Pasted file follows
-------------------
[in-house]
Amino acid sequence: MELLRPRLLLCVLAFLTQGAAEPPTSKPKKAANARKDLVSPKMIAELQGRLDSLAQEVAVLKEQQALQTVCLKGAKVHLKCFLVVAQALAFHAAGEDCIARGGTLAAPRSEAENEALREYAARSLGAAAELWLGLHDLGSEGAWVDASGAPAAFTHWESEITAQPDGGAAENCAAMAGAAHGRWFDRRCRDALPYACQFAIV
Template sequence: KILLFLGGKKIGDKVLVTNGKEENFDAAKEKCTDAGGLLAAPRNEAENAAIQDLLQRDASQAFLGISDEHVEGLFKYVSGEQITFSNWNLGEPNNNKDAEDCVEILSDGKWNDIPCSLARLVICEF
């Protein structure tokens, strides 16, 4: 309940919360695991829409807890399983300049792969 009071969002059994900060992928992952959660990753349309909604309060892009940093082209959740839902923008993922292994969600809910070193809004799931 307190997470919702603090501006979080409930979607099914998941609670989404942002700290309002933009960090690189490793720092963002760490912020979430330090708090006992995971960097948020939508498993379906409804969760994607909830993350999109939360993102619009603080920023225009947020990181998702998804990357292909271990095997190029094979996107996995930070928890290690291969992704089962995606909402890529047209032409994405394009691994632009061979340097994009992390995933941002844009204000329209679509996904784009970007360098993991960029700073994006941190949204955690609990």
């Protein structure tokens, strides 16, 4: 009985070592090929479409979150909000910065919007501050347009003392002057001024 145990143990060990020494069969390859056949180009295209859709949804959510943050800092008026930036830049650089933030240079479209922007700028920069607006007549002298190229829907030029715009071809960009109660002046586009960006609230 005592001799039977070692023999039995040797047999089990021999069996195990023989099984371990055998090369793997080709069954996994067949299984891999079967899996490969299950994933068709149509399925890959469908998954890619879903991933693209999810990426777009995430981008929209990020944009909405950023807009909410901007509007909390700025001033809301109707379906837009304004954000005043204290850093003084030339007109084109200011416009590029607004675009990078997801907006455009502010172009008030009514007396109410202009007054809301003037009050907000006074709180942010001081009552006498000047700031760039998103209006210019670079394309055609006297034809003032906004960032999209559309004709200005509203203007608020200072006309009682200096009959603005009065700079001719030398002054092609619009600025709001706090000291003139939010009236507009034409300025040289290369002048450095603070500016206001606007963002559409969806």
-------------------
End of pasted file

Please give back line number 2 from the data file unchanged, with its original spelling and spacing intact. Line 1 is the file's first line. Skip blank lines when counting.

Amino acid sequence: MELLRPRLLLCVLAFLTQGAAEPPTSKPKKAANARKDLVSPKMIAELQGRLDSLAQEVAVLKEQQALQTVCLKGAKVHLKCFLVVAQALAFHAAGEDCIARGGTLAAPRSEAENEALREYAARSLGAAAELWLGLHDLGSEGAWVDASGAPAAFTHWESEITAQPDGGAAENCAAMAGAAHGRWFDRRCRDALPYACQFAIV